MGM China To Dig into Its $302 Million Revolving Credit Facility

MGM China To Dig into Its $302 Million Revolving Credit Facility

MGM China Holdings was recently given access to a new revolving credit facility worth $302 million; The Macau-based casino operator is planning to use this loan to fulfill its working capital needs.

Details of the loan

The operator plans to use the fund for general purposes and to fulfill its working capital needs. According to filings by the company with the Hong Kong Stock Exchange, its loan will mature on May 15, 2024. It may gain access to an increased credit facility of $503 million if it manages to fulfill certain conditions. However, there are no details on the conditions on which this increase will depend.

MGM China To Dig into Its $302 Million Revolving Credit Facility

The existing loan will be subject to a fluctuating rate of interest each year. It will be based on the Hong Kong Interbank Offered Rate (HIBOR) and a margin of anywhere between 1.625% and 2.75%. However, the exact level of the margin will depend on the company’s leverage ratio. The company will be able to withdraw credit from this facility until one month before maturity i.e. mid-April 2024.

If MGM Resorts International “ceases to be the legal and beneficial owner directly or indirectly of more than 50 percent of the issued share capital” of MGM China, the revolving credit will have to be prepaid.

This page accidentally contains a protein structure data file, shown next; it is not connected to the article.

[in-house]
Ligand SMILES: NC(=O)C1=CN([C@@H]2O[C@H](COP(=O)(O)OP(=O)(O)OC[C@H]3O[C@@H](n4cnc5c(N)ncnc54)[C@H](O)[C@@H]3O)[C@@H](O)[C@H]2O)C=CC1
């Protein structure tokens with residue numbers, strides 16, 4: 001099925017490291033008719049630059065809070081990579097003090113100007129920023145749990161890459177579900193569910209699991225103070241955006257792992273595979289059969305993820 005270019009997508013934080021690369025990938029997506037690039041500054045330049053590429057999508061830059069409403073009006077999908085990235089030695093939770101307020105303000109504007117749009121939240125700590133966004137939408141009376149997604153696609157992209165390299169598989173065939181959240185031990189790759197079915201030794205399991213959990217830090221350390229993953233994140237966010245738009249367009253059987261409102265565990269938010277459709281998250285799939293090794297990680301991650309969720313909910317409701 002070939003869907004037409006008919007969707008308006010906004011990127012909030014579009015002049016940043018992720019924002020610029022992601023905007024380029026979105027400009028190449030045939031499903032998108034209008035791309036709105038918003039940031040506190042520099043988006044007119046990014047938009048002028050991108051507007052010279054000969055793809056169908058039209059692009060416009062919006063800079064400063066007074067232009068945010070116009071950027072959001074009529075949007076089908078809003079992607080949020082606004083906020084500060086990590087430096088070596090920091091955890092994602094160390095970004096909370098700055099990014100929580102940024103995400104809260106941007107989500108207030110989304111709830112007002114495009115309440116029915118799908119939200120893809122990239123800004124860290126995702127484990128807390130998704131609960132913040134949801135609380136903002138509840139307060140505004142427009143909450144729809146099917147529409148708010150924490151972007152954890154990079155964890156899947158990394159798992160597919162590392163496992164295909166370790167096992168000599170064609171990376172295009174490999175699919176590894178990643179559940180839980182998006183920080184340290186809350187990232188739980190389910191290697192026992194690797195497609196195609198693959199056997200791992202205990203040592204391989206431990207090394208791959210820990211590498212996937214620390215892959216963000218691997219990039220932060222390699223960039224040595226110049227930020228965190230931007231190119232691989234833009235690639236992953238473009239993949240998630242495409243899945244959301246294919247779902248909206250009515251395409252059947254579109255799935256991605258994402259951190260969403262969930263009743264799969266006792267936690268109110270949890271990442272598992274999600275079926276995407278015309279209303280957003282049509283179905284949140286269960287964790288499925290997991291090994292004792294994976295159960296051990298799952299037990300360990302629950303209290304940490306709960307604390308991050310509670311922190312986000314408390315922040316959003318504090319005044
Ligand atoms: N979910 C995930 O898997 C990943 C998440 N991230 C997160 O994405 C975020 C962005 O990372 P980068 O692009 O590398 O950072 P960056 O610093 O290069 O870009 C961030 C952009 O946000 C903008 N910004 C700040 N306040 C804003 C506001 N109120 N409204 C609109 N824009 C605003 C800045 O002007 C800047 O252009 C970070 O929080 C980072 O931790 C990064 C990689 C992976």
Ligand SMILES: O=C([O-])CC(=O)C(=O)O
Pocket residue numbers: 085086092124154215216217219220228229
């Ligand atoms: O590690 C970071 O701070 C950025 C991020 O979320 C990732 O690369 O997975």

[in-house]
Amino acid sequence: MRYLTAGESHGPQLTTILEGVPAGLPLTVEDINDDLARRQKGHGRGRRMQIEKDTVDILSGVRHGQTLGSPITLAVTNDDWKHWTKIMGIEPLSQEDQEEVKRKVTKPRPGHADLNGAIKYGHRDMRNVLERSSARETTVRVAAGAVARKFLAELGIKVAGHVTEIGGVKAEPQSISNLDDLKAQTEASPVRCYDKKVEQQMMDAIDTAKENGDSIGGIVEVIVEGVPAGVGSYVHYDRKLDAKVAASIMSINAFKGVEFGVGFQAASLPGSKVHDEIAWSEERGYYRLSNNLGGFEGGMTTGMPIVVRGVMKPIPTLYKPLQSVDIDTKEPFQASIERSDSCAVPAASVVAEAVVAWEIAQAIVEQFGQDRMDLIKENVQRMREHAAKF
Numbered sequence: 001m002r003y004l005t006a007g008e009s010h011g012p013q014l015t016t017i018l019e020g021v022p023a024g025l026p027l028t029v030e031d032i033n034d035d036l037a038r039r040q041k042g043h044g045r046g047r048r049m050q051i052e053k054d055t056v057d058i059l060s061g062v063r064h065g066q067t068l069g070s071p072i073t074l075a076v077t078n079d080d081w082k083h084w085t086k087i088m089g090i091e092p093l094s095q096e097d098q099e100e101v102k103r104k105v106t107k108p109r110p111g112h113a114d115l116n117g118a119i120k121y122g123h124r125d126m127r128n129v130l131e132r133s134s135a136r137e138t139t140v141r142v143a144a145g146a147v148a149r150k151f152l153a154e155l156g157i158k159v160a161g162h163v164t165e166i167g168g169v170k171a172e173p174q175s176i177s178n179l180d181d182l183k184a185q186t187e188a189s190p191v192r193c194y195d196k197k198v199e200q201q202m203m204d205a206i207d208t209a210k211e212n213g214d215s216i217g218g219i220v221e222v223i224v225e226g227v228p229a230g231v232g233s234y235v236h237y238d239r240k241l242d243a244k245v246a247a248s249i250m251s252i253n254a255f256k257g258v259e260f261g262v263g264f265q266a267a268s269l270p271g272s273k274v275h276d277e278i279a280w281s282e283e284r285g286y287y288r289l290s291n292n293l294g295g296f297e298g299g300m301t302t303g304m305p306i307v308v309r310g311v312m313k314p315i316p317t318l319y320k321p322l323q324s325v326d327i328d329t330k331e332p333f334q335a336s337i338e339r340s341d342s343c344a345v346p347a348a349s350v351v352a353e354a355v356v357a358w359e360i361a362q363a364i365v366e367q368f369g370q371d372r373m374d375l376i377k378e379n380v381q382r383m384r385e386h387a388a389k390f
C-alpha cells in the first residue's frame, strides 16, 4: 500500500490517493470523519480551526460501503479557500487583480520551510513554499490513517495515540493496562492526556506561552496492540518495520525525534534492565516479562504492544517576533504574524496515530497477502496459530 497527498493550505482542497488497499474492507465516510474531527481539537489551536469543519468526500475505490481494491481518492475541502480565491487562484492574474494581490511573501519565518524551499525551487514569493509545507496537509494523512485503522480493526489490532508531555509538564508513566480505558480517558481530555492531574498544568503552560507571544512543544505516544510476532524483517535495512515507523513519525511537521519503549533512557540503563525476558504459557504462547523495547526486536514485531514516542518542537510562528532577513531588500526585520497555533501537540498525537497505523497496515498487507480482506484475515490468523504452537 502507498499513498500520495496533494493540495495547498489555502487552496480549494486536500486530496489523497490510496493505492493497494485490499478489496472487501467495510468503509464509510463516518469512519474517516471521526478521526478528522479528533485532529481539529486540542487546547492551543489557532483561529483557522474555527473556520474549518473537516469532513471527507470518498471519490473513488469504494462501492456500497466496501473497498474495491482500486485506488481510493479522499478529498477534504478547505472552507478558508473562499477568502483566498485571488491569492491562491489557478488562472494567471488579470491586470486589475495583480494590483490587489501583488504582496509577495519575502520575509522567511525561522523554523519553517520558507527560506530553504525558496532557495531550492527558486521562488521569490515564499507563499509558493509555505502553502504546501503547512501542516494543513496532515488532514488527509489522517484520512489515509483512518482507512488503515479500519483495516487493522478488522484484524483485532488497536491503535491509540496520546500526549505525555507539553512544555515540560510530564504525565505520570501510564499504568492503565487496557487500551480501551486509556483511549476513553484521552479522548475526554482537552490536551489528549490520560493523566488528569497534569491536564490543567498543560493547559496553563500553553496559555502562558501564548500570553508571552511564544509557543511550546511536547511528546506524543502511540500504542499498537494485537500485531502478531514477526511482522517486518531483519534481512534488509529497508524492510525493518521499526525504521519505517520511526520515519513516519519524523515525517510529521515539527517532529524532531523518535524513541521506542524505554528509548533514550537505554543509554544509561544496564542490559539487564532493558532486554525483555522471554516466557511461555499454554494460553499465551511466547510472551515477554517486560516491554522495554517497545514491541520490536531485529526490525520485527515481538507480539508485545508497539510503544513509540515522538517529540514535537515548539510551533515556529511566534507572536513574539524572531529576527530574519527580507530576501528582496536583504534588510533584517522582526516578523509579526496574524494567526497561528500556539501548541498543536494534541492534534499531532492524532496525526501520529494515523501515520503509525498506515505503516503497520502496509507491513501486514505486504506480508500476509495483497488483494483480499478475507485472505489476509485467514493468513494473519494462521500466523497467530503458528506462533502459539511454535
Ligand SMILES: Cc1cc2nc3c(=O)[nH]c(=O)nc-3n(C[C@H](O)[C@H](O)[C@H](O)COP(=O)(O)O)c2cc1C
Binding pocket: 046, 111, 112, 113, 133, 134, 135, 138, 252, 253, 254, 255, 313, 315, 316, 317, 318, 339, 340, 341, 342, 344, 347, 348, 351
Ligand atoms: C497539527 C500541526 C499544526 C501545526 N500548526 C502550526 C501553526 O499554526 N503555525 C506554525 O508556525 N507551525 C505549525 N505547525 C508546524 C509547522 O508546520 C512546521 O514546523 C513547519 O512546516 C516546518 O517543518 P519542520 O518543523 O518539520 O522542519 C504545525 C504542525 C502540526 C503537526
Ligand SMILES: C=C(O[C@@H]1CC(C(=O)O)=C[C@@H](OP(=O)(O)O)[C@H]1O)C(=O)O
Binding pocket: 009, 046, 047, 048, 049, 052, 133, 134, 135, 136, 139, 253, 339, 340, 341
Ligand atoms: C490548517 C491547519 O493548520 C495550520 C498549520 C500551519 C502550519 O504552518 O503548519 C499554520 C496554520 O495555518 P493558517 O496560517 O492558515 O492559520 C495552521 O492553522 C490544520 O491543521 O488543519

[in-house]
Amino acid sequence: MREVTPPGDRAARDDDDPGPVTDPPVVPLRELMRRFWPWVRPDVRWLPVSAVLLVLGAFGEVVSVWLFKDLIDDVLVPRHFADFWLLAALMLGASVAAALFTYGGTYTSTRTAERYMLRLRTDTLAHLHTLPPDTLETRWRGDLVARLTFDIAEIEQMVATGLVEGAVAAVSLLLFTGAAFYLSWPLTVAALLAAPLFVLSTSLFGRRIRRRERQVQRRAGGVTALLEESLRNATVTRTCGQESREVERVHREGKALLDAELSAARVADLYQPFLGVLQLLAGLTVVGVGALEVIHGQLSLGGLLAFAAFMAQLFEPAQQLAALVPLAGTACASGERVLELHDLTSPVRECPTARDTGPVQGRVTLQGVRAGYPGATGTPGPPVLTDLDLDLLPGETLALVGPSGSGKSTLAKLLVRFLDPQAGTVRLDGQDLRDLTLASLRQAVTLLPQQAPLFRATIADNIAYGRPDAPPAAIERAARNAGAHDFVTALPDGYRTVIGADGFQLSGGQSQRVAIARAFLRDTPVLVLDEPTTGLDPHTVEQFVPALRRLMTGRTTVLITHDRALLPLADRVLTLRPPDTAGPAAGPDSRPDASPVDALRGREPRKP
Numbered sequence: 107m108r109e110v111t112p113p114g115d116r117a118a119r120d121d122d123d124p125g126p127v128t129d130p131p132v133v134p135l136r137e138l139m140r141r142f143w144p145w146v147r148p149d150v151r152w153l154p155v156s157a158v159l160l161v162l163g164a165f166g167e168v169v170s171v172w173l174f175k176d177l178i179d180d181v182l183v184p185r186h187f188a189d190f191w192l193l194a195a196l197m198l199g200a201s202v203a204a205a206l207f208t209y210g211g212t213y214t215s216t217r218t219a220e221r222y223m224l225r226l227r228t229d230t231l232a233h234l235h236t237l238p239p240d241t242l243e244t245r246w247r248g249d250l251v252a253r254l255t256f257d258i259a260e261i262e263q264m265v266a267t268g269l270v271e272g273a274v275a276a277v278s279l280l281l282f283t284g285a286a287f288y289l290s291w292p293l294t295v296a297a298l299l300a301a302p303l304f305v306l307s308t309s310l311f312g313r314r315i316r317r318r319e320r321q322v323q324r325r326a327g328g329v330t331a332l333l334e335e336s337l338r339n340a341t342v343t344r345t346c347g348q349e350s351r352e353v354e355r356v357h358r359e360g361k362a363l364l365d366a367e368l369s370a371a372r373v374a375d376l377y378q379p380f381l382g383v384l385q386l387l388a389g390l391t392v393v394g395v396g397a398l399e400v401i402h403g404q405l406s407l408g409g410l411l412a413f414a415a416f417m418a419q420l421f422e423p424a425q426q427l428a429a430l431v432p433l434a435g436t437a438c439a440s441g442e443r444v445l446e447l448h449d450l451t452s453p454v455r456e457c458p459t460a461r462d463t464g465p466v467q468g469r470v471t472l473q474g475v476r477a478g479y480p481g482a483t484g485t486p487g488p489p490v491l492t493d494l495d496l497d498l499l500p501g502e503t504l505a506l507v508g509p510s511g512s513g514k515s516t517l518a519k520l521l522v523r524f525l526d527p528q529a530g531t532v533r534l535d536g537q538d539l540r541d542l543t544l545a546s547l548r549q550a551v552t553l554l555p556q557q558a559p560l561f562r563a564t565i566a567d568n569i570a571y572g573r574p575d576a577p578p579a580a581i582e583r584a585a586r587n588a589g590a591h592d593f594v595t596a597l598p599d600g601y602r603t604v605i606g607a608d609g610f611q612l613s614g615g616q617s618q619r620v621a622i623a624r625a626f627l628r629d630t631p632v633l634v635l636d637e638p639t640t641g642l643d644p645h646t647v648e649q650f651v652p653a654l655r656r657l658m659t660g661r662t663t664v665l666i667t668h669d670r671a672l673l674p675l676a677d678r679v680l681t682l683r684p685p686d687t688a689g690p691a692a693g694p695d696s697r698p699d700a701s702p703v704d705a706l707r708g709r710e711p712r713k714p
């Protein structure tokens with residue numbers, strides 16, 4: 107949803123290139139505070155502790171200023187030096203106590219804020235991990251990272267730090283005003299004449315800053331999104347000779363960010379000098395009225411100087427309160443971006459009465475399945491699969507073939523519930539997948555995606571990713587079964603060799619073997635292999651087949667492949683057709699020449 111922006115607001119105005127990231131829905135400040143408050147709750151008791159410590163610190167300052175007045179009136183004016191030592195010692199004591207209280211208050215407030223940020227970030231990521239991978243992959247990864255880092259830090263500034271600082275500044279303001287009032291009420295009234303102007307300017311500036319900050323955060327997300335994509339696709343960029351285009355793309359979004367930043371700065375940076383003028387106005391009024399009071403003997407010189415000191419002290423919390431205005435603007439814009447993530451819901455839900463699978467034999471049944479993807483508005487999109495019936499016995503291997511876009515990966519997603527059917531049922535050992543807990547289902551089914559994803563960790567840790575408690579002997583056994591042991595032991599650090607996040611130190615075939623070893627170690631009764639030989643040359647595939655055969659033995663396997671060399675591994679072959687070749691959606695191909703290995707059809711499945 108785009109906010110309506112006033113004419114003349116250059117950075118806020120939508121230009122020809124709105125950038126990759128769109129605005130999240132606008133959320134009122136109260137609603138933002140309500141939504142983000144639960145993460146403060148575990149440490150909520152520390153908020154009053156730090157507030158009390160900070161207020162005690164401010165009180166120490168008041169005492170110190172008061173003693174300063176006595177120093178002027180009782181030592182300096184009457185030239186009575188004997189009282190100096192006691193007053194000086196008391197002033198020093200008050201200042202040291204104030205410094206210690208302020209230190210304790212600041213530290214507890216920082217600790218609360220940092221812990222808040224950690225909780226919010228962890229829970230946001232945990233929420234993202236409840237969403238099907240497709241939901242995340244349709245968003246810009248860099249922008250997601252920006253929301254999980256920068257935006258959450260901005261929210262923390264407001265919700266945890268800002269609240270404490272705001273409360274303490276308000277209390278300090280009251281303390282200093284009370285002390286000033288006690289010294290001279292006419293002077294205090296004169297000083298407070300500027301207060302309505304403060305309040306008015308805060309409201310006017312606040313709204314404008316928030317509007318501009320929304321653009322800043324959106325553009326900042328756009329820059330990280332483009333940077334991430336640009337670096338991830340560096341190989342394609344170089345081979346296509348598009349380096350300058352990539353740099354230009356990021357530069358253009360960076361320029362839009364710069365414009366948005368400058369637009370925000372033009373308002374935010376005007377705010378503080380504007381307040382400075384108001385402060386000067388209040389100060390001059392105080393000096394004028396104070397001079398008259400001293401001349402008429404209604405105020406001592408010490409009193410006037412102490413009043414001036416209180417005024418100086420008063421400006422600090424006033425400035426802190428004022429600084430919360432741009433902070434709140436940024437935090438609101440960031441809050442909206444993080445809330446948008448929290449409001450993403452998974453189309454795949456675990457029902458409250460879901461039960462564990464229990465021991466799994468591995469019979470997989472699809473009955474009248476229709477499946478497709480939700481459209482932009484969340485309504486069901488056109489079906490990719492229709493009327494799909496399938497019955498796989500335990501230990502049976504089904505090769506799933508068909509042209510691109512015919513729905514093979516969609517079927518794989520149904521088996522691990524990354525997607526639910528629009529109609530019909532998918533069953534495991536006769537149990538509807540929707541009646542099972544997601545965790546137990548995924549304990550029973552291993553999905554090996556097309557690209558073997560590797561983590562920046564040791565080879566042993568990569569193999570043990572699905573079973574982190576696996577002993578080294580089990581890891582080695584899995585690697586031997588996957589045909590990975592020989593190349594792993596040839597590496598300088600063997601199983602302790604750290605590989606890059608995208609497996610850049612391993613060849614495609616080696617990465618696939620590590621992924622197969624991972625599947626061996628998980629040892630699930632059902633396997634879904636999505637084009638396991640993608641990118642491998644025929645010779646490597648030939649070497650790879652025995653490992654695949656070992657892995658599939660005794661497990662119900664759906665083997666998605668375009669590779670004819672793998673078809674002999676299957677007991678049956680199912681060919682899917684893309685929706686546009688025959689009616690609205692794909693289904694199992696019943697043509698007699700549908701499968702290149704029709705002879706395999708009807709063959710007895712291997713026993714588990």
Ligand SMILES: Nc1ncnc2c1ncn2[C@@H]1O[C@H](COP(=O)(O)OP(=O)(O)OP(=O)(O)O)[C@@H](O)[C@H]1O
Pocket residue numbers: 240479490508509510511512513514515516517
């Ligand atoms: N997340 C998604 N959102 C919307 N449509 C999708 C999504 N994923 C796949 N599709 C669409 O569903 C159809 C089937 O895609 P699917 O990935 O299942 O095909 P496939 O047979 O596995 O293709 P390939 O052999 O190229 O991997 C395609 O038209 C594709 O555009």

Impact of the pandemic

MGM China has been one of the worst-hit companies because of the pandemic. Visitor traffic in its locations has been very low and revenues have dropped significantly over the past few months. According to its statement, the first-quarter revenue for the company was less than $271.9 million. This marked 63% decrees on a year-on-year basis. Macau casinos have been closed since February to address the spread of the virus. In the month of April, revenues were down by 97%,

MGM has been bearing the brunt of this situation as its revenues fall and traffic remains low, in both the US and China. In such a situation, the casino operator’s choice to dive into a line of credit to keep things working seems logical. The company is also looking for a replacement for CEO Grant Bowie. The longtime chief executive will be stepping down from his role on May 31 but the operator is yet to name his successor.

About sherlock

Sherlock Gomes loves to write and express his views on anything related to Gaming, Gambling, & Casino. He has been covering Gaming for more than two years now.